I took this picture in July of 2005, as I drove by a South African township while there for a reconciliation project.
I was going to attempt writing an articulate Advent reflection on the life and witness of Nelson Mandela, who to me embodied so much of the radical forgiveness, transformation and reconciliation Jesus Christ was all about. I was going to reference Isaiah 61:
The spirit of the Lord God is upon me,
because the Lord has anointed me;
he has sent me to bring good news to the oppressed,
to bind up the brokenhearted,
to proclaim liberty to the captives,
and release to the prisoners;
to proclaim the year of the Lord’s favor,
and the day of vengeance of our God;
to comfort all who mourn;
to provide for those who mourn in Zion—
to give them a garland instead of ashes,
the oil of gladness instead of mourning,
the mantle of praise instead of a faint spirit.
They will be called oaks of righteousness,
the planting of the Lord, to display his glory.
They shall build up the ancient ruins,
they shall raise up the former devastations;
they shall repair the ruined cities,
the devastations of many generations.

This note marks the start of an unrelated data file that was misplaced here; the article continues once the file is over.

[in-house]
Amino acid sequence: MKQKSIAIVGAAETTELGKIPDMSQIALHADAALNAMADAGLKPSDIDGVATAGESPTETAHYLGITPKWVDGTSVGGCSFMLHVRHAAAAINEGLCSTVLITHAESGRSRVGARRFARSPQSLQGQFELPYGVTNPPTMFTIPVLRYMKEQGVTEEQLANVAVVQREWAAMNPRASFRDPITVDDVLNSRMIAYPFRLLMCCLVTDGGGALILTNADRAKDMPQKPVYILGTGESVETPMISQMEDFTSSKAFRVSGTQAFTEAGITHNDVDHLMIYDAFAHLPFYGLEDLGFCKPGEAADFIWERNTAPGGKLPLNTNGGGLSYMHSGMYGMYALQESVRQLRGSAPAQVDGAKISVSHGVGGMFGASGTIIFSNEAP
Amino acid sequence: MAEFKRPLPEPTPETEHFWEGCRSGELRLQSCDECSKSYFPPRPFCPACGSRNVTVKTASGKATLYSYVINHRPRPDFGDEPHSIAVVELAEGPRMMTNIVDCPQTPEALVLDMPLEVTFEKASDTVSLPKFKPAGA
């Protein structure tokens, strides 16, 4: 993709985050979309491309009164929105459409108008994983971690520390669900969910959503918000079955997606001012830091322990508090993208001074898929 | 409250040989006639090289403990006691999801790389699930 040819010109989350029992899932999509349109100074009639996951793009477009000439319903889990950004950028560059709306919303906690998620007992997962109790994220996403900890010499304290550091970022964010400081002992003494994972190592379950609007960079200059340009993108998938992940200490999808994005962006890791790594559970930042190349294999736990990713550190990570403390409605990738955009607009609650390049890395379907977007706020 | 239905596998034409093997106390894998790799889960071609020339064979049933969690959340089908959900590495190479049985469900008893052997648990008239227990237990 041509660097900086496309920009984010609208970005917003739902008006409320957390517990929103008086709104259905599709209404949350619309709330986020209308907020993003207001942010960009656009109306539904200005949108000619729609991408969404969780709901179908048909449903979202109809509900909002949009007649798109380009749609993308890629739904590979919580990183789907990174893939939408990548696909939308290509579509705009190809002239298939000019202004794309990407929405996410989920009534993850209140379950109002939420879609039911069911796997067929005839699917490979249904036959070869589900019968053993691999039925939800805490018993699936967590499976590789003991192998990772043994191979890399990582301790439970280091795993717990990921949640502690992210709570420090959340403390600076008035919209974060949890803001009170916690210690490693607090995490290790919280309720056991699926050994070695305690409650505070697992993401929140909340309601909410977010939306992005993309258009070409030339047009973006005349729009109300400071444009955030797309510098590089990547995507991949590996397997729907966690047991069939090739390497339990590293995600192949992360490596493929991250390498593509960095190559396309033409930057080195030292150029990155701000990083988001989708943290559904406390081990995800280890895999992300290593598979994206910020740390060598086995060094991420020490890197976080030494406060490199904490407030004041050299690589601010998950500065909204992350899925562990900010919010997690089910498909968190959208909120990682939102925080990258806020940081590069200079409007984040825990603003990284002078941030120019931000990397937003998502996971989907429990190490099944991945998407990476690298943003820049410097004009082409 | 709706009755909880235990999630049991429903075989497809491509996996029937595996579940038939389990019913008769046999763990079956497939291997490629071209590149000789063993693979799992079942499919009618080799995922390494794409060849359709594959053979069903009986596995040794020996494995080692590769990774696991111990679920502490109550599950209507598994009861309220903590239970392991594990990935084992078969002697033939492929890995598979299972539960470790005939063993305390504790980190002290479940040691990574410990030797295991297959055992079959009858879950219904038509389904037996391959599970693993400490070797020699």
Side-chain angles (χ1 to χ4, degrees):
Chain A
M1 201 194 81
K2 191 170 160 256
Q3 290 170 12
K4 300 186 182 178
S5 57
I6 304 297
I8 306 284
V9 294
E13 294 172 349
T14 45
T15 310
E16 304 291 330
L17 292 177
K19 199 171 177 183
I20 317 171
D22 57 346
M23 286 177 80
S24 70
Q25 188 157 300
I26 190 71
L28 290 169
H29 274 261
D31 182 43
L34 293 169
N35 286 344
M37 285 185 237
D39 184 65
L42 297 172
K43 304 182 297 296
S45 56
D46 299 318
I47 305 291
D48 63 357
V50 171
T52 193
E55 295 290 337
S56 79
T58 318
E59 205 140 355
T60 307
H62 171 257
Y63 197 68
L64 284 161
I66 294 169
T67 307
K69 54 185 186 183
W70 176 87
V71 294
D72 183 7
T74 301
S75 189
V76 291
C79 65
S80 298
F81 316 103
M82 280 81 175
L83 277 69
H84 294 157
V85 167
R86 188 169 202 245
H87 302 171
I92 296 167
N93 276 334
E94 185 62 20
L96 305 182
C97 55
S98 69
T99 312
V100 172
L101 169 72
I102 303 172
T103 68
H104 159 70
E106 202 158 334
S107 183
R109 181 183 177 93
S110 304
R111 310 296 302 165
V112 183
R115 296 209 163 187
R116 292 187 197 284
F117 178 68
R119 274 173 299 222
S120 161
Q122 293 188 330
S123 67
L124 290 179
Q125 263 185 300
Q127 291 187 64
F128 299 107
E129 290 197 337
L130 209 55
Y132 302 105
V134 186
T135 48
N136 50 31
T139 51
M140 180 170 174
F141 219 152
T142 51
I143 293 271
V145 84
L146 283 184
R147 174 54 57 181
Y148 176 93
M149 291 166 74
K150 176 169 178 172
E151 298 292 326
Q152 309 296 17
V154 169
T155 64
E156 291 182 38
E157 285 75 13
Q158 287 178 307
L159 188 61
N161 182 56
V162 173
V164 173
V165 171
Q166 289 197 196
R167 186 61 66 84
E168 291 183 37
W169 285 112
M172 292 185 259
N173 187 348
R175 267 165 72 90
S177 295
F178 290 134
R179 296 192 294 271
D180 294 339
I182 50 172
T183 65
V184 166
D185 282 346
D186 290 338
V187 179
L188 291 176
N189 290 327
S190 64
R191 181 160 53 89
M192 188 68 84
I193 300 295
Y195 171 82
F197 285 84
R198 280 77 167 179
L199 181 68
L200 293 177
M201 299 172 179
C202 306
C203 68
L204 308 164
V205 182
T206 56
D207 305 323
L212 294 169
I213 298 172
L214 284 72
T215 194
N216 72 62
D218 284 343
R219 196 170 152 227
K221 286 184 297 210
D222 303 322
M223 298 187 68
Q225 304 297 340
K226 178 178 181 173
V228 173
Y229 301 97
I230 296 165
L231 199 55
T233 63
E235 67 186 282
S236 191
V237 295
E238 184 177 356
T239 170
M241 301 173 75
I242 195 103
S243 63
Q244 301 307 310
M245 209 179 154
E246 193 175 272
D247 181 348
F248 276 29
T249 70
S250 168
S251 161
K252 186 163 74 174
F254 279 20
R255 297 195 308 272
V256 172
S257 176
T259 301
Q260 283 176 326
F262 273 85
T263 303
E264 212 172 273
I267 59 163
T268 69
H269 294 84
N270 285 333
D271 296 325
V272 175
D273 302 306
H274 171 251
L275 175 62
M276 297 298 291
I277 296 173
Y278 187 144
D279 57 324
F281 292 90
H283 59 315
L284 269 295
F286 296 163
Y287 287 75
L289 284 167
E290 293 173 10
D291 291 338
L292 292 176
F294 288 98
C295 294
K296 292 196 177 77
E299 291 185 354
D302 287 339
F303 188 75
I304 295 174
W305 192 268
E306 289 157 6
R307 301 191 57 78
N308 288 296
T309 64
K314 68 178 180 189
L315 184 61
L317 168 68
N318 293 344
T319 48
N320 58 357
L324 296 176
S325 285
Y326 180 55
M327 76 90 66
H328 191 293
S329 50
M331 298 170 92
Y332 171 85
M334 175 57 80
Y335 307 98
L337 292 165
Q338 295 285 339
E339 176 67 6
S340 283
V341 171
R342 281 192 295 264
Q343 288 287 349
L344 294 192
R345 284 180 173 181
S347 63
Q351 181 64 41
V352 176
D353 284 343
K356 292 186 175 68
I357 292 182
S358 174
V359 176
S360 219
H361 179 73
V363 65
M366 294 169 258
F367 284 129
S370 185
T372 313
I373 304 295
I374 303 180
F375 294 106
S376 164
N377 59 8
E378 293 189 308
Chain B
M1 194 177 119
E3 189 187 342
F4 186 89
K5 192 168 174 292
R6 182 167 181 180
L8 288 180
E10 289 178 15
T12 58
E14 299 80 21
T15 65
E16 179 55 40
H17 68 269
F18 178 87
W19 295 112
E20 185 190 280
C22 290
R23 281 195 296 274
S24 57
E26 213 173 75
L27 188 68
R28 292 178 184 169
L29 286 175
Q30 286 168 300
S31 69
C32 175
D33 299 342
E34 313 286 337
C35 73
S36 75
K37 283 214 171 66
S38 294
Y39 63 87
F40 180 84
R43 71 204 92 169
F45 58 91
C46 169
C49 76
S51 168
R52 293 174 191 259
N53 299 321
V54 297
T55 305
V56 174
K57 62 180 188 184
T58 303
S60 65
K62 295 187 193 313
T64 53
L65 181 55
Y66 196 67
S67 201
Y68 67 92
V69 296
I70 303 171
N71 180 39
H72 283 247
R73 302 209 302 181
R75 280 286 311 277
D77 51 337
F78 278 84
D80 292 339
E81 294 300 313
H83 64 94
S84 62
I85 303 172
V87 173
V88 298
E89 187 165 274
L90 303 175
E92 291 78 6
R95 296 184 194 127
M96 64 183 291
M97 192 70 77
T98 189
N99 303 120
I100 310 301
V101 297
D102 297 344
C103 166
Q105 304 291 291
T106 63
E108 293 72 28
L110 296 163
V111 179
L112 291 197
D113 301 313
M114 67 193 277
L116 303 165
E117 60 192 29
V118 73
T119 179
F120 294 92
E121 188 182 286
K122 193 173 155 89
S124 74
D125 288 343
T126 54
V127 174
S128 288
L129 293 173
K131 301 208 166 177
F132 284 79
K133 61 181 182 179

I was going to quote some of Mandela’s greatest sayings, especially around how he himself was transformed to a place of being able to forgive those who had made hatred systemic through Apartheid. I was, perhaps, even going to have us think about what such a transformation might look like in our own lives, and how God might be calling us to change. At one point, I even considered posting a picture I found of Nelson Mandela’s Methodist Church membership card. (Goodness, what a typical thing for a minister to do!)
That was what I was going to write. And then I read this piece
by Musa Okwonga, posted on Facebook by a poetic young person I used to work with in Belfast. It is not an easy piece to read.
The bottom line is this: Nelson Mandela is not mine to twist into a witty Advent devotion. He’s not mine to make a savior or a villain, he’s not mine to make a terrorist or a liberator. He was who he was — fully and completely — and the world will never be the same because of it. But what he came to do is not yet done.
The oppressed still need good news.
The brokenhearted still need to be brought into loving community.
Those held captive by hate and poverty still need liberty.
The prisoners of racism still need released.
The Lord’s favor still needs to be proclaimed equally on all.
Though, perhaps, God’s vengeance needs to be proclaimed on some of us.
And today, especially, there needs to be comfort for those who mourn.
So, I have no witty words or powerful tribute today. Mandela was not mine — he was, and is, God’s.